Penn Avenue’s rehabilitation has not been as dramatic as Butler Street’s but got a big boost with the emergence of the seriously trendy Brillobox. Its 15 minutes of Warholesque fame seems to have been extended indefinitely, to the gratification of its founders/​transplanted New Yorkers Renee Ickes and Eric Stern. Upstairs from the 1950s-​looking bar is the itinerant home to avant-​garde bands from across the country.

Would that we had space for a full list of exciting new Lawrenceville locales to discover. It would include Scavengers Antiques & Collectibles (3533 Butler St.), T’s Upholstery Studio (3611 Butler), Piccolo Forno (3801 Butler), Crazy Mocha (4032 Butler), Fe Gallery (4102 Butler), Hambone’s Restaurant-​Lounge (4207 Butler), the Gallery & Griffin Galleries (179 and 183 43rd St.), Perk Me Up (4407 Butler), DNA Blue Collar & Trinity Galleries (4719 and 4747 Hatfield St.), and dozens more. Artists and Cities Inc., a nonprofit, is converting the former ice house factory on 43rd Street into 32 studios for artists. The proprietors of these and other embryonic establishments credit Lawrenceville’s diversity, historic architecture and preservation, cost-​effectiveness and supportive neighbors to the Design Zone’s success.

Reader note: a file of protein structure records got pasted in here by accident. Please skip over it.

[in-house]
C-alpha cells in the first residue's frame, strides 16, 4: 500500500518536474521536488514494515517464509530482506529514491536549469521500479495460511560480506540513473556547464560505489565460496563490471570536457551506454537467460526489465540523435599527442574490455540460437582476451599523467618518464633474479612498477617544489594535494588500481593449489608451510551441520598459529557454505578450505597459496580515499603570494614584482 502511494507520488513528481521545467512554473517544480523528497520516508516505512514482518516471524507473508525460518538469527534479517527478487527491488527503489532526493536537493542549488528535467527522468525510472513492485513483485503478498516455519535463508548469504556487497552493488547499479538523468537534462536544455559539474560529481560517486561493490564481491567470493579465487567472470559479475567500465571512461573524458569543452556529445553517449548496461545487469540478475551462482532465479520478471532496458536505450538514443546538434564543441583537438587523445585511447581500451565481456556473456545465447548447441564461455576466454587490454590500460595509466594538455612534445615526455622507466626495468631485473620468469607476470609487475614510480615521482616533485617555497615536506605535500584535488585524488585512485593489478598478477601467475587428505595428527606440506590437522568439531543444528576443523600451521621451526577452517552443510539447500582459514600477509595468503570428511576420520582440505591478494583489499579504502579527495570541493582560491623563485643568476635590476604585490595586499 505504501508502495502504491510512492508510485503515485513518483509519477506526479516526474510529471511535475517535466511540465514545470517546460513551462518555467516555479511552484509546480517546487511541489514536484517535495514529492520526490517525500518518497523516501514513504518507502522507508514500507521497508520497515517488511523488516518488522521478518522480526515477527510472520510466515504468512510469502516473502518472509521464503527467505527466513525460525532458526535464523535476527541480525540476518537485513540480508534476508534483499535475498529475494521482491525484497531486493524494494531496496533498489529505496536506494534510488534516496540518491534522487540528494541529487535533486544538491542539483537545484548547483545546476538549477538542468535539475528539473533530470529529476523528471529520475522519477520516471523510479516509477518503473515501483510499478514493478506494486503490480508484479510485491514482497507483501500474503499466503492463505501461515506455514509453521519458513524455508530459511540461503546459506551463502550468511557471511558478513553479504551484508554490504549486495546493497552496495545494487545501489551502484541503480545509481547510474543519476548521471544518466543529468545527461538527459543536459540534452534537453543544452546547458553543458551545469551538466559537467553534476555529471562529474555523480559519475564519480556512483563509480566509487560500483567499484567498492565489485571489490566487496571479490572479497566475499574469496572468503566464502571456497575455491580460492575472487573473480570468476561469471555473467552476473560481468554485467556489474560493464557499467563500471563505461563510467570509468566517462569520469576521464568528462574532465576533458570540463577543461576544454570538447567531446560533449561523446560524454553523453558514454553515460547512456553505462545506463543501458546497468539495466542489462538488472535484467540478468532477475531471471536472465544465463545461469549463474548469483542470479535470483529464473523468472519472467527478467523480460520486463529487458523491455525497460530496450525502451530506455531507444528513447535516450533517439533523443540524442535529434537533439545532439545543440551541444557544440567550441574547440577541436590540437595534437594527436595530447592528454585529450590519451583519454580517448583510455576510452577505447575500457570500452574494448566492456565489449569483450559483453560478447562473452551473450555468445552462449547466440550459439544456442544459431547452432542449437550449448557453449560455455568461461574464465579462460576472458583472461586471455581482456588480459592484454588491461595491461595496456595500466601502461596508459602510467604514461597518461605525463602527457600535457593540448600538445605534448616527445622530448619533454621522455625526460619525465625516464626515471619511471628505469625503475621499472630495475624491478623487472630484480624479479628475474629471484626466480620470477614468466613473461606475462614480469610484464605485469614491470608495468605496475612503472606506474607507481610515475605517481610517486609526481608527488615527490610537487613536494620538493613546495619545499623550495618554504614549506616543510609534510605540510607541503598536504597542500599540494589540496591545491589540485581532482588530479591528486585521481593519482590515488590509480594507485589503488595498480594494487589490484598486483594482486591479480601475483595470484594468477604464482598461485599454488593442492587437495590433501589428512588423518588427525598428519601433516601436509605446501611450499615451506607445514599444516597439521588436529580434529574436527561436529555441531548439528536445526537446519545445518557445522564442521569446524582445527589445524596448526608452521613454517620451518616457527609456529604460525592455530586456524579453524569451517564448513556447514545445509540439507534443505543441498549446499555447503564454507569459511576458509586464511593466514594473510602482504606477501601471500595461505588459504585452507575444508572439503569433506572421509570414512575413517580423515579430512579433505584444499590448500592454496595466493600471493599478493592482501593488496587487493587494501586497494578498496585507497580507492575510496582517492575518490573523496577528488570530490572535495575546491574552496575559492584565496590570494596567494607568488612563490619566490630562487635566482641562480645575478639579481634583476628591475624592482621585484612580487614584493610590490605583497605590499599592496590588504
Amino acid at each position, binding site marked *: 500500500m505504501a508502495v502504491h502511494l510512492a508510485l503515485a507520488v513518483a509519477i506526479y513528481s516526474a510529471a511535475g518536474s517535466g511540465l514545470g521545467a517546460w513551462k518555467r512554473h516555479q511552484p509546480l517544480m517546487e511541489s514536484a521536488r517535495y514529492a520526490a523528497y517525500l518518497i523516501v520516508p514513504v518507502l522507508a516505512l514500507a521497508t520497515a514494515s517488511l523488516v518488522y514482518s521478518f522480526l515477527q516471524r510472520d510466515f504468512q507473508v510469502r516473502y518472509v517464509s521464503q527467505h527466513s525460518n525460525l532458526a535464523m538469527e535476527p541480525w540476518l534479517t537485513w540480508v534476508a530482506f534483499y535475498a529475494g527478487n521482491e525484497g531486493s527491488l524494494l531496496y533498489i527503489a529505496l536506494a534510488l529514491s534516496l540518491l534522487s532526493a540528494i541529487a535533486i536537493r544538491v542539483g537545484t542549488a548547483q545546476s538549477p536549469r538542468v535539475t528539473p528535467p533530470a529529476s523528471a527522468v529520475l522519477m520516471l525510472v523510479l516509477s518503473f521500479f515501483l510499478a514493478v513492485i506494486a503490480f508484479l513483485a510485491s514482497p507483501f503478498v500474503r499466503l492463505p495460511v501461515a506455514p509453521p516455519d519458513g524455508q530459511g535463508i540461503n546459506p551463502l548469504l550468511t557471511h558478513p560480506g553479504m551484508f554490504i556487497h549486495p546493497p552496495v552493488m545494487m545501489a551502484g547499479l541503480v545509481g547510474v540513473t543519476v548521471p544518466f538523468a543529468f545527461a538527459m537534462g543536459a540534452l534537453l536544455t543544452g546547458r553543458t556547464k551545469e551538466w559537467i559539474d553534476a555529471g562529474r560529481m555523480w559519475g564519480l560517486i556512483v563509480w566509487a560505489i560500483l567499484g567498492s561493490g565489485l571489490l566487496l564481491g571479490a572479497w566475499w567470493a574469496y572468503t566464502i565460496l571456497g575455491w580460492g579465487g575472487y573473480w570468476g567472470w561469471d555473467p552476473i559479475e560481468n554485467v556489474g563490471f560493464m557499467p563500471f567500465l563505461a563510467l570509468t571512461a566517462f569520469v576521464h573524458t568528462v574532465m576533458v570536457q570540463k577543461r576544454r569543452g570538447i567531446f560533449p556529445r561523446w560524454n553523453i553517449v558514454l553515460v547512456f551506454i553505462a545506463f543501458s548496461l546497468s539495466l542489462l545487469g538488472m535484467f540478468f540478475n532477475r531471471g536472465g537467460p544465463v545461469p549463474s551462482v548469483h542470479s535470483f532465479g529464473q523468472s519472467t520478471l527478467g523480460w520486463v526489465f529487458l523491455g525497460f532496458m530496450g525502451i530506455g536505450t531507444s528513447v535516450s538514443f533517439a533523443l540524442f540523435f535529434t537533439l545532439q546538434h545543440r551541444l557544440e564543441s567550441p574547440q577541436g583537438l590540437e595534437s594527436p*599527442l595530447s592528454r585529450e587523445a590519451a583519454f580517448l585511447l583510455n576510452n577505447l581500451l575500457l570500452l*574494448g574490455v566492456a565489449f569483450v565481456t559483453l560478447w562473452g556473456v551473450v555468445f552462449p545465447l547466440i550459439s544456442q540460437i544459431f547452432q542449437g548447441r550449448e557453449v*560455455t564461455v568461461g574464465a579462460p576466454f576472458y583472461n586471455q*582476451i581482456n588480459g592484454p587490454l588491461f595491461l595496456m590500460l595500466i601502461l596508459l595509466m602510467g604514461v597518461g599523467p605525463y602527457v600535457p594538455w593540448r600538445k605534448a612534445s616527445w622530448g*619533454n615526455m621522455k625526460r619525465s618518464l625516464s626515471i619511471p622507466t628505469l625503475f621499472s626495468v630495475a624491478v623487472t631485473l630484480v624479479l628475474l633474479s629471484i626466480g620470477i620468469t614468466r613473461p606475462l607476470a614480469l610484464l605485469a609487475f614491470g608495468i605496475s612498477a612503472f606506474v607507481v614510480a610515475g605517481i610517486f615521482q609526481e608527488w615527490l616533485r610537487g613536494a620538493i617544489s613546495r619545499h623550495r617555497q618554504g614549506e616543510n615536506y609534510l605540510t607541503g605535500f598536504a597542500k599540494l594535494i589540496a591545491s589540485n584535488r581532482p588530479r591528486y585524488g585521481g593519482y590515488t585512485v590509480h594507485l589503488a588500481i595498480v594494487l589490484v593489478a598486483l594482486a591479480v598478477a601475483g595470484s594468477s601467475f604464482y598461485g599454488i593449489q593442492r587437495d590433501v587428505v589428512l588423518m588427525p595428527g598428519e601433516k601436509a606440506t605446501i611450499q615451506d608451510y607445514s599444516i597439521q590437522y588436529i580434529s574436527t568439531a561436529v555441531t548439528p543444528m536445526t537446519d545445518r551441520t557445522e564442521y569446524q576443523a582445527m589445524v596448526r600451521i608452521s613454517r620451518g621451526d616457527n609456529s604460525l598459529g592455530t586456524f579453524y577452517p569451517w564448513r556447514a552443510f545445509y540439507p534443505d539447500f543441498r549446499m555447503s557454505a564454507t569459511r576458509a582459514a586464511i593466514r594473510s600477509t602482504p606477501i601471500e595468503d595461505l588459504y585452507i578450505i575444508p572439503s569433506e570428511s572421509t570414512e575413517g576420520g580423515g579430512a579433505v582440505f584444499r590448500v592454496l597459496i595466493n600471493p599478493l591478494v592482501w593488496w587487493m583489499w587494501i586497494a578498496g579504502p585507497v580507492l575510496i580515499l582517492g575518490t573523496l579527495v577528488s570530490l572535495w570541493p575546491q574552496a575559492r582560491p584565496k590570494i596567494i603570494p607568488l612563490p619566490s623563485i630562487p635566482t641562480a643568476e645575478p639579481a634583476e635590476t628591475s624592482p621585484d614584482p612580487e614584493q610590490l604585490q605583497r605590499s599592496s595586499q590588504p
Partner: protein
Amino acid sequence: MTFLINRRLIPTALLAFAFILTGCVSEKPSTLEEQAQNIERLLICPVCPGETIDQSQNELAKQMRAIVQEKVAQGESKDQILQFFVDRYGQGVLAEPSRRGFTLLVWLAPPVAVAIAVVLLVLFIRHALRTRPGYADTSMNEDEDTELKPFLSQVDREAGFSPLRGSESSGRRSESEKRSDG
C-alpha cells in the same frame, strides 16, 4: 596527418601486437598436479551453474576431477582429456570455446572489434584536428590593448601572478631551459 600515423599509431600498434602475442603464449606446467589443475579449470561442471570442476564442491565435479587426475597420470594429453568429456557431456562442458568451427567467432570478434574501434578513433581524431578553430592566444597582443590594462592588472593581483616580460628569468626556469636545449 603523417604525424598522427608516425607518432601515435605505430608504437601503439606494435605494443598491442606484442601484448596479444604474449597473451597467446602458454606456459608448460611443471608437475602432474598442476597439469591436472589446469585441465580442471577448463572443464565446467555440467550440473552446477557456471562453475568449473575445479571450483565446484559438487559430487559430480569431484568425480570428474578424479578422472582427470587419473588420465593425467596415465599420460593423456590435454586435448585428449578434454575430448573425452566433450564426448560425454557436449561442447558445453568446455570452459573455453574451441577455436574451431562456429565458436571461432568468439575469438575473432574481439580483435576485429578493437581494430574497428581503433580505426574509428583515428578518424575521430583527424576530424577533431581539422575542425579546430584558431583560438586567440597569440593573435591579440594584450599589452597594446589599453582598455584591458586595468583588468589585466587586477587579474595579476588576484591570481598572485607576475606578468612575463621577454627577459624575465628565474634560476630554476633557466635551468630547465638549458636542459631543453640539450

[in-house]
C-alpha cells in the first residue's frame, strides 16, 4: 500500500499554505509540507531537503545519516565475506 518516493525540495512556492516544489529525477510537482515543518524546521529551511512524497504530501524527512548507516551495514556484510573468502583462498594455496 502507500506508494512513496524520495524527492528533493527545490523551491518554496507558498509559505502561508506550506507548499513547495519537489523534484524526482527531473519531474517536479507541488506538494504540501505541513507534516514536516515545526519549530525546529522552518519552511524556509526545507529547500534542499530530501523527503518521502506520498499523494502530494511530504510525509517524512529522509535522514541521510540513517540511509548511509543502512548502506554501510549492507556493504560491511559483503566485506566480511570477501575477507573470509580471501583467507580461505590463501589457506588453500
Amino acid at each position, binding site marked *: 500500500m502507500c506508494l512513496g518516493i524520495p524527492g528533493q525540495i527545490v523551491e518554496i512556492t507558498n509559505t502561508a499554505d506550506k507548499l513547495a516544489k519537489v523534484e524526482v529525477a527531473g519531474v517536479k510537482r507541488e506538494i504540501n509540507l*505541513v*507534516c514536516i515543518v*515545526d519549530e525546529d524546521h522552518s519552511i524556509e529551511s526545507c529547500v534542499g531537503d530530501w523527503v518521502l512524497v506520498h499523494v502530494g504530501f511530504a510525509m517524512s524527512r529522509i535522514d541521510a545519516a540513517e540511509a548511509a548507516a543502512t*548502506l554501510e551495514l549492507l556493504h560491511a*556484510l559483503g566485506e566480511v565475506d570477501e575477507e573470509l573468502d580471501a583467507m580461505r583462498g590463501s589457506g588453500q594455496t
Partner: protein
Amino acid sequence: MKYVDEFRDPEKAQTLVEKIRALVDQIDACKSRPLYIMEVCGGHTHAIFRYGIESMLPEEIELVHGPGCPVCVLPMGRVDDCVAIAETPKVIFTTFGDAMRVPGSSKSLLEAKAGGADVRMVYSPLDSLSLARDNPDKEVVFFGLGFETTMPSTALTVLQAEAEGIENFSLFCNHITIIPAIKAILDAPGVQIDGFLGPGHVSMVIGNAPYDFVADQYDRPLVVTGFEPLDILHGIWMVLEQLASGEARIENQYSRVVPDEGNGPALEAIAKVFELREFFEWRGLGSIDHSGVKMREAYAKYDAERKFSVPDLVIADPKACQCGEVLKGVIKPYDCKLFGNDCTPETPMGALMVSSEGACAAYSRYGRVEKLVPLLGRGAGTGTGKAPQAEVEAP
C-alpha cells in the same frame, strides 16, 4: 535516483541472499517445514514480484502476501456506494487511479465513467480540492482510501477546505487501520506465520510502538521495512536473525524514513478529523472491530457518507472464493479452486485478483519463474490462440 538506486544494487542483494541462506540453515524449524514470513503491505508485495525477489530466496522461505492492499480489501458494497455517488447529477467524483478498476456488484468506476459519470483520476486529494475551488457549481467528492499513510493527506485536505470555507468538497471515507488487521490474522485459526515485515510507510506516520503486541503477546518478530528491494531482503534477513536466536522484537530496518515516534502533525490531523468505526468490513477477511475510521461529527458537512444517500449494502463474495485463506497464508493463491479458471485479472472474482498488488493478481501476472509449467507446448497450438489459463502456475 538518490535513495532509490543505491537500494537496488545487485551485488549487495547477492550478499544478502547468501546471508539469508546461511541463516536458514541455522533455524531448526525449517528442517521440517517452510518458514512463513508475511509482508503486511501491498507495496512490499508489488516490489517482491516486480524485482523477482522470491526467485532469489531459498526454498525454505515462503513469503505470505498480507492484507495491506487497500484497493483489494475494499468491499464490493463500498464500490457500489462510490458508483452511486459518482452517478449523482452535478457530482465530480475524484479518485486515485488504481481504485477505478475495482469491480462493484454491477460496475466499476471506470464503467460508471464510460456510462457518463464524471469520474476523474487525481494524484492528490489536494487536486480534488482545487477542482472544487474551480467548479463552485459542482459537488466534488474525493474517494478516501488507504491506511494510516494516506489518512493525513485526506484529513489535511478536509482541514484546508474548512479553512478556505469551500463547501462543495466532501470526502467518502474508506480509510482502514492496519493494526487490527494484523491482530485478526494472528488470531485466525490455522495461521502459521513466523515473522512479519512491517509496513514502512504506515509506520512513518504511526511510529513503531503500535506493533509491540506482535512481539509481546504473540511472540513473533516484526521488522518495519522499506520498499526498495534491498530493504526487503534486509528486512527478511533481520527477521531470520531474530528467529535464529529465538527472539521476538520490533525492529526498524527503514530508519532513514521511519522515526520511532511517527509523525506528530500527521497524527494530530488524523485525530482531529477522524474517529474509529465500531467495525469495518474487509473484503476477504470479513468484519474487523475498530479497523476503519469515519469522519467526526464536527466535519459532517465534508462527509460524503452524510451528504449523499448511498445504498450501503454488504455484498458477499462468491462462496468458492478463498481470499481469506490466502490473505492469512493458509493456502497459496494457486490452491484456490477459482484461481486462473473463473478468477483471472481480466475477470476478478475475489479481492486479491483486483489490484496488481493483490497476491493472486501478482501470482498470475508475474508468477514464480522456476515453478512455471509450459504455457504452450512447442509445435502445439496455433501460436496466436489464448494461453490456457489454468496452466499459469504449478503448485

The obvious moral of this story: “Don’t give up the ship — or Lawrenceville!”


Barry Paris

Barry is an award-​winning biographer, film historian, Russian translator and contributor to The New Yorker and Vanity Fair. Among his books are Audrey Hepburn and Song of Haiti, the story of Dr. Larry and Gwen Mellon and their Albert Schweitzer Hospital.